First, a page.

- Military Law
- Military Divorce
- Sexual Abuse Claim
- Spinal Injury Claims
- Combat Immunity & Duty of Care
- Armed Forces Compensation Scheme
- Deafness or Hearing Loss Claims
- Training Accident Claims
- Disease Claims
- PTSD Claims
- Misdiagnosed PTSD Claims
- Combat Accident Claims
- Non Freezing Cold Injuries
- Injury and Accidents
- Lariam (Anti-Malaria Drug) Claim
Military divorce can be difficult. Trust DPP Law to help you negotiate the process with sensitivity.
Service personnel often experience strains in their relationships that do not affect civilian marriages or civil partnerships. For example, many individuals serving in the armed forces are required to spend long periods away from their family in service accommodation.
On occasion, these pressures can lead to the total breakdown of a relationship. If this occurs, a couple may consider filing for divorce.
While these types of separation are just as painful as civilian divorces, they can also be a great deal more complex. For example, a member of military personnel may be deployed overseas while the process is ongoing, making communication more difficult.
Luckily, the military law solicitors at DPP Law are experienced in providing legal services of this kind. We will guide any member of HM Armed Forces and their spouse through this difficult time with as much sensitivity and ease as possible.
How Our Military Divorce Solicitors Can Help You
The specialist solicitors at DPP Law have been providing legal advice to members of the armed forces community for over 30 years. We always handle cases of divorce and separation with the utmost understanding and sensitivity, as we know how difficult this time can be.
DPP Law employs experts in family mediation to help couples work towards a clean break with clear terms. Our team is also well-versed in the management of military pensions, so we are able to provide you with helpful advice regarding your assets.
There are five specific circumstances that can be cited when filing for divorce. These are:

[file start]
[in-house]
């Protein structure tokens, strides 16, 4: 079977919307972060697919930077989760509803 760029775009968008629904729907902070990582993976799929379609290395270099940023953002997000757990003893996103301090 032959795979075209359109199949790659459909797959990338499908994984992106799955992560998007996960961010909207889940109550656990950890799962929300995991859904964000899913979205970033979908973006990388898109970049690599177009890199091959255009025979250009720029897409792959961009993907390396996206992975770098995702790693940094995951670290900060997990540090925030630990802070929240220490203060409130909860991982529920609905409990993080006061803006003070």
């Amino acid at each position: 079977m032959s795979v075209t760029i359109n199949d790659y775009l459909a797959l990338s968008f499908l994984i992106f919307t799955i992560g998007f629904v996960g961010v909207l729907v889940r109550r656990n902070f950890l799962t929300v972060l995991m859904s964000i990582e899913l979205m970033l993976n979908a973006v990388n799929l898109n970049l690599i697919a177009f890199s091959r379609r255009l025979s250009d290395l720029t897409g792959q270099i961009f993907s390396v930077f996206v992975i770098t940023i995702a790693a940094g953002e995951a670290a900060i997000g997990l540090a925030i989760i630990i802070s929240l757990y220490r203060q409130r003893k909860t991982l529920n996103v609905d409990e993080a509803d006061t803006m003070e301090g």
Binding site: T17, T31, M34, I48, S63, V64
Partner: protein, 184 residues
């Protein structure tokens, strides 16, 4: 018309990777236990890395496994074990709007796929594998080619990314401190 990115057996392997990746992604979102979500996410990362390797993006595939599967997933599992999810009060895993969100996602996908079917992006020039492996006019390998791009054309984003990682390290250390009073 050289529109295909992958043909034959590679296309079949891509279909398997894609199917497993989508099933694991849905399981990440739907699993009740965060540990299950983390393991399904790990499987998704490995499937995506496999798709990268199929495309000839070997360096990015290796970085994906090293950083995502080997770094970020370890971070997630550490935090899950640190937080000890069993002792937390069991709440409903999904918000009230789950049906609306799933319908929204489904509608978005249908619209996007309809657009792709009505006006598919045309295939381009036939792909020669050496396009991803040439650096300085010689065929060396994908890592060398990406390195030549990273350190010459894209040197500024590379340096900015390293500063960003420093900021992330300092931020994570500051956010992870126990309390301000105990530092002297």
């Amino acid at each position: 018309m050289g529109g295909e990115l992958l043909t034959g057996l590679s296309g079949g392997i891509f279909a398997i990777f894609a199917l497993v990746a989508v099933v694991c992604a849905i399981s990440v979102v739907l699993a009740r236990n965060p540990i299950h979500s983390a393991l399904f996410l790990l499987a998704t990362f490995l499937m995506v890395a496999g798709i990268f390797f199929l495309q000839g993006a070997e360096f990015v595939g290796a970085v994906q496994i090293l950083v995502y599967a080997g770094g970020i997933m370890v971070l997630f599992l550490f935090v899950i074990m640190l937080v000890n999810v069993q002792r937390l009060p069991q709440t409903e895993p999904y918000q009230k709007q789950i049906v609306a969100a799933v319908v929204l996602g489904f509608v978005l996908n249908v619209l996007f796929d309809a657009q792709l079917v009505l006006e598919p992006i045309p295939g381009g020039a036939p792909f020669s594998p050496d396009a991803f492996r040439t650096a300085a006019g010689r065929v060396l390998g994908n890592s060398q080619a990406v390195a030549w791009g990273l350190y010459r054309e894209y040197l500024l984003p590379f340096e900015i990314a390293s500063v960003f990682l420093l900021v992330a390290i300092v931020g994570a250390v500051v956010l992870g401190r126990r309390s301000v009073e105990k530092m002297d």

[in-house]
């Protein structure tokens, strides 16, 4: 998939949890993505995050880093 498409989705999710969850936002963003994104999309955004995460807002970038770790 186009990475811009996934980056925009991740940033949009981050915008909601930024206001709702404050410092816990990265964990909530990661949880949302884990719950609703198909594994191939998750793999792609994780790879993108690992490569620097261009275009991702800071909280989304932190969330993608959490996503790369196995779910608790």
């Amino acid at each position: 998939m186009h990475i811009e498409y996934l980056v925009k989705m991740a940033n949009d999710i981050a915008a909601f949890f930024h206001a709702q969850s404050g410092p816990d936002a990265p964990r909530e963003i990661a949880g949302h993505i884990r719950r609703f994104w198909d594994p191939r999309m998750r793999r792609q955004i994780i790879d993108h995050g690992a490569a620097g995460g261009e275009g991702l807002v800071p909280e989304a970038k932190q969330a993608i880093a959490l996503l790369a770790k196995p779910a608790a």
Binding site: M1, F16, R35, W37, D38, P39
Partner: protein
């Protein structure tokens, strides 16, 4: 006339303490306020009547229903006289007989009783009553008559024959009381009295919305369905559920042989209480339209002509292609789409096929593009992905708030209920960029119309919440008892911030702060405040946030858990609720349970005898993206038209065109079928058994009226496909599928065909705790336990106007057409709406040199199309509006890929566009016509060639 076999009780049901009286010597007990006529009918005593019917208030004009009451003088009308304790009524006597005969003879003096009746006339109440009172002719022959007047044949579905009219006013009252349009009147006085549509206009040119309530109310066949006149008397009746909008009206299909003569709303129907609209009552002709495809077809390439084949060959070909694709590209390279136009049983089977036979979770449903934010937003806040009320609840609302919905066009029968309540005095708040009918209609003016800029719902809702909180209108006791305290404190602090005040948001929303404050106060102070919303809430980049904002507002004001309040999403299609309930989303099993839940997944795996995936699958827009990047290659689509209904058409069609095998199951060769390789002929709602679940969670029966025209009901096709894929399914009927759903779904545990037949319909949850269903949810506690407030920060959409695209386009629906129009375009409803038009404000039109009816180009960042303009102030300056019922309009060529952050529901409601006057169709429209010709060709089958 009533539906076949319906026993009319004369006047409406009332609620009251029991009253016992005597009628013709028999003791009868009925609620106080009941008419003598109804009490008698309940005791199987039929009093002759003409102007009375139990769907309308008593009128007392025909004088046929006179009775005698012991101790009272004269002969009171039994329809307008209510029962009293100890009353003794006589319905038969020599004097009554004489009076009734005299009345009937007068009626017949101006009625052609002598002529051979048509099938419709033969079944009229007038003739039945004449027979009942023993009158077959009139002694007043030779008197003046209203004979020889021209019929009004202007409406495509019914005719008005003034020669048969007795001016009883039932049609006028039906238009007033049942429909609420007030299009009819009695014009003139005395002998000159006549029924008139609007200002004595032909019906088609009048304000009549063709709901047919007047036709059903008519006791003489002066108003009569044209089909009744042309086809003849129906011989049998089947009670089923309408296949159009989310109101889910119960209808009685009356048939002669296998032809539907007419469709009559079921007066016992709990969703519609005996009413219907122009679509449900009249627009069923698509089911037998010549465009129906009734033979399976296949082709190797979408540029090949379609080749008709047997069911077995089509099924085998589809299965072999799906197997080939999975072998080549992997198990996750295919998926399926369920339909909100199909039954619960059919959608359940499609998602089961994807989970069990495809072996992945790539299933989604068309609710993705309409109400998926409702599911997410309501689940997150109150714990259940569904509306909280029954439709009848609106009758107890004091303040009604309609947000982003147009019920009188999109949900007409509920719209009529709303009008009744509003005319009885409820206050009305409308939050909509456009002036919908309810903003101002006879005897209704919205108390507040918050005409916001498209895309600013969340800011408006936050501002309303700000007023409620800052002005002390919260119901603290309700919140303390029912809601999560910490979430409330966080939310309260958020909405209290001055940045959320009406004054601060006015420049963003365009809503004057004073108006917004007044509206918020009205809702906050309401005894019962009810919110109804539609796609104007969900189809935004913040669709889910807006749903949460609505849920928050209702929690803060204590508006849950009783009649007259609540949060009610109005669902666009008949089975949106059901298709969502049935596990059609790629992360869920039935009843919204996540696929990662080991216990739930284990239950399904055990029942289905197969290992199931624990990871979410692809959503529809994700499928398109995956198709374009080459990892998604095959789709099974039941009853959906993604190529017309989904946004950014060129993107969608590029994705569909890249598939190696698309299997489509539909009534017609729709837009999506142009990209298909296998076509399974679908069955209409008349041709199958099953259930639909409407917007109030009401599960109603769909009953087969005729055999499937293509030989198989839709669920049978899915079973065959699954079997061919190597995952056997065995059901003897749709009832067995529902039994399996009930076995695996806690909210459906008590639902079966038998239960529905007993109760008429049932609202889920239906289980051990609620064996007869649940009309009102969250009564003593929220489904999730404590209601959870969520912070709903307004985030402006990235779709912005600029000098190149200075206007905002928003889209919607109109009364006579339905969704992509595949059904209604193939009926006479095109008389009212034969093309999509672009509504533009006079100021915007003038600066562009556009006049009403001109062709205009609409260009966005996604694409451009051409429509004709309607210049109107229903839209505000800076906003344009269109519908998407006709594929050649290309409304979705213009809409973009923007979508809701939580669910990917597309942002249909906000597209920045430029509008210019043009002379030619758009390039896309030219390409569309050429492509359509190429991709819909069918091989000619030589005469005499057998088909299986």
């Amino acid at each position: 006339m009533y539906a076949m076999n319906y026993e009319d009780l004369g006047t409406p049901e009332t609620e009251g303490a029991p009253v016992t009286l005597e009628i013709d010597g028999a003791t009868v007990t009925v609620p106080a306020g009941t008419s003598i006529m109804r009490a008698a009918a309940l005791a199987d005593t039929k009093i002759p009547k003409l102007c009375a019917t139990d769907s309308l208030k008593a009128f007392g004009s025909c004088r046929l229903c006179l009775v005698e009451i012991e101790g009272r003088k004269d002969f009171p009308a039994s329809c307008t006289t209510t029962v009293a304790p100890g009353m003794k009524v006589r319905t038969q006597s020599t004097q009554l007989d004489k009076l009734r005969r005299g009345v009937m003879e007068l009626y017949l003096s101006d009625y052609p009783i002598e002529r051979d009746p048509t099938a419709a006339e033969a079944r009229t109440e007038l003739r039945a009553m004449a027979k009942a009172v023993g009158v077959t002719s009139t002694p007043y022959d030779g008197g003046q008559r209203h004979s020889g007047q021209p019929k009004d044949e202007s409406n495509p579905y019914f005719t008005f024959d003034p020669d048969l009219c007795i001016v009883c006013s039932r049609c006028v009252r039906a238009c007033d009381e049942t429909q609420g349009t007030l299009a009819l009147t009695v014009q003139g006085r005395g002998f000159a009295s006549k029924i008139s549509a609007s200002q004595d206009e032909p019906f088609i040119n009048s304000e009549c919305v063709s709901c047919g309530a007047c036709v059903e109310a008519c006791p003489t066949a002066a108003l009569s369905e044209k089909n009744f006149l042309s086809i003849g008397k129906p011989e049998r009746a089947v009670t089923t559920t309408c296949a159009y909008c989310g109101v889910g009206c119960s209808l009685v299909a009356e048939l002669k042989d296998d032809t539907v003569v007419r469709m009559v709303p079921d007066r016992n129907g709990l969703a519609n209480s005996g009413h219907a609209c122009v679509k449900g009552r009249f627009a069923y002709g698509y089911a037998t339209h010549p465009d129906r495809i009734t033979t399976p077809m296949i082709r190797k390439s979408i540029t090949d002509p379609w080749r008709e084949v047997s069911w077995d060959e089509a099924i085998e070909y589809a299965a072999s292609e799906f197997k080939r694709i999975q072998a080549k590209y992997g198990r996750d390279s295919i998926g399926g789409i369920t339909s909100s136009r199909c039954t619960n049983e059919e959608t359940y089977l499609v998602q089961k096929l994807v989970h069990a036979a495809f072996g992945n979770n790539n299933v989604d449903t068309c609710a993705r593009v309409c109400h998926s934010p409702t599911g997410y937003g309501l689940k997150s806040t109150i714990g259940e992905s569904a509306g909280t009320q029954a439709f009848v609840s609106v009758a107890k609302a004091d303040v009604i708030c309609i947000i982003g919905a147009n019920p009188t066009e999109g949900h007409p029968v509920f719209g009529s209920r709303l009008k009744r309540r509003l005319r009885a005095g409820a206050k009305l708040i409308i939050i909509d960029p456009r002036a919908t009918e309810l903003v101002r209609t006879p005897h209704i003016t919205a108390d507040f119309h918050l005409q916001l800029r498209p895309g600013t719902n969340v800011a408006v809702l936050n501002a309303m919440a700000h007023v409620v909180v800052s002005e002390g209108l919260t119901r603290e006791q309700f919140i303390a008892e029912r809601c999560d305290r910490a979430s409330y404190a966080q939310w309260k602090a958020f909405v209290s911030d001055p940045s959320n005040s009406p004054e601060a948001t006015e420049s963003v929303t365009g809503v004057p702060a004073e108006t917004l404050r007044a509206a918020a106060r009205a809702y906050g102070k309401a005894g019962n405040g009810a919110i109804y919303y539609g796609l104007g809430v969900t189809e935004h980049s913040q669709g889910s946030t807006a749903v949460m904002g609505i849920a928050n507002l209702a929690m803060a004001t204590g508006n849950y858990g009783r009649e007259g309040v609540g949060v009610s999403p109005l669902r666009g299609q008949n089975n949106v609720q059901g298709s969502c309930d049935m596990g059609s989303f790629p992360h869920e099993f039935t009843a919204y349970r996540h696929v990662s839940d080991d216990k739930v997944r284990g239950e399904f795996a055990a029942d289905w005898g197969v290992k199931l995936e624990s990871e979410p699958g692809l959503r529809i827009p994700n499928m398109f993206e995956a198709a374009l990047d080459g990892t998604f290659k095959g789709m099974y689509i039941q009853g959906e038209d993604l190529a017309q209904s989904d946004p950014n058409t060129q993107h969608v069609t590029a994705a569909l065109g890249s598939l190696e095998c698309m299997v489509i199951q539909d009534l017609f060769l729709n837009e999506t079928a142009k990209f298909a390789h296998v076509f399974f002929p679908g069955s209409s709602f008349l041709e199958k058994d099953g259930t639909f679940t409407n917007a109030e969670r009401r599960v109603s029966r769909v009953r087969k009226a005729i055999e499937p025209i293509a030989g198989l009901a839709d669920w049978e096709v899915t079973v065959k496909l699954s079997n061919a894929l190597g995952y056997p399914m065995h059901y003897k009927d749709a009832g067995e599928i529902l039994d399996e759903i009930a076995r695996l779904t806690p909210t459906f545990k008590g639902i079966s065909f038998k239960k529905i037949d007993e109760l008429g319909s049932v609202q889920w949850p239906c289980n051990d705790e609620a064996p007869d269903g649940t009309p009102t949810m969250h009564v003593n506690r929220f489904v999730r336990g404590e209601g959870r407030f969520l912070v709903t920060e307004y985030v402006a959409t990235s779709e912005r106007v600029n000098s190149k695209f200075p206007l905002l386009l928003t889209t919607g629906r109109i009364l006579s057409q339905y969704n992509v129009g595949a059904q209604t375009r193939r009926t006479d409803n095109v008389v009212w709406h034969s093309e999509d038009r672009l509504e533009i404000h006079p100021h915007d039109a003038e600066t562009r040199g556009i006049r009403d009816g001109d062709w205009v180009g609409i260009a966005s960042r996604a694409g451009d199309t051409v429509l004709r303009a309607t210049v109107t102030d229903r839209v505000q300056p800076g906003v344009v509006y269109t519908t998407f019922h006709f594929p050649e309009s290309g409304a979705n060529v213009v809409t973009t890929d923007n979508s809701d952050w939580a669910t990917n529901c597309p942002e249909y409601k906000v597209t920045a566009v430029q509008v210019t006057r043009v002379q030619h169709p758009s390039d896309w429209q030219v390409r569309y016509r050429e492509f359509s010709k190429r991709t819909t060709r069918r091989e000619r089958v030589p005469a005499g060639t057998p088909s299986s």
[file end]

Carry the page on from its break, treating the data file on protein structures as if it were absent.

- Unreasonable behaviour
- Over two years of separation (the divorce can only be granted if the spouse agrees)
- Over five years of separation (the divorce can be granted without the spouse’s consent)
DPP Law can help to determine whether you have grounds for divorce or can help to defend against accusations of any of the above circumstances.
Our solicitors can also help you to make decisions regarding child maintenance and we are also able to negotiate matters connected with armed forces pensions, including:
- Military pension sharing orders – where the former spouse of a service person is included in their pension scheme following a divorce
- Military pension offsetting – where the serviceperson retains the full value of their pension and their spouse receives a bigger share of the assets involved to balance the two amounts
- Military pension attachment orders/earmarking – where a set amount is regularly paid out from the military pension to their former spouse
There are a variety of different types of pensions available for members of the armed forces, so it is vital to seek professional legal assistance when deciding how to proceed.
Alongside the above services, our military law solicitors can advise you regarding:
- Deafness or hearing loss claims
- Lariam (anti-malaria drug) claim
- Military sexual abuse claims
- Combat immunity and duty of care
- Spinal injury claims
- Non freezing cold injury claims
- Misdiagnosed PTSD claims
- Military combat accidents
- Military PTSD claims
- Military injury and accidents
- Military training accidents
Frequently Asked Questions
How are military divorces different from civilian divorces?
The variety of different military pension schemes and the ways in which those pensions may be handled following a divorce differ significantly from typical civilian proceedings.
Furthermore, members of the military are often eligible for specific family accommodation and boarding school allowances – both of which must be negotiated when a military couple separates.
There can also be additional complexities if a service person is deployed and difficult to contact during divorce proceedings.
How do I get a divorce in the military?
The first steps towards a military divorce are the same as those for civilians. Firstly, you must consider your grounds for divorce – will you be citing adultery, unreasonable behaviour or desertion?
If you’ve been living separately for more than two years, you can file for divorce with your spouse’s consent. If you have been separated for over five years, you do not need this consent.
Next, you should make contact with a registered office for military divorce law such as DPP Law. Legal experts will guide you through the process step by step.
What am I entitled to in a military divorce?
The maximum amount of a military pension that a spouse can receive is 50%. You may also be entitled to certain assets. Usually, your legal advisors will help to ensure that all properties and monies are divided in a way that ensures you and your ex-spouse benefit fairly and equally.
How long does a military divorce take?
The speed of your divorce depends on whether your spouse consents to the proceedings or decides to contest them.
There are other matters besides which may make a divorce more complex, such as the existence of dependents, the decisions relating to the division of a military pension and the ease with which each partner can be contacted (for example, if one individual is deployed overseas).
For further information and sensitive support regarding military divorce, contact DPP Law today.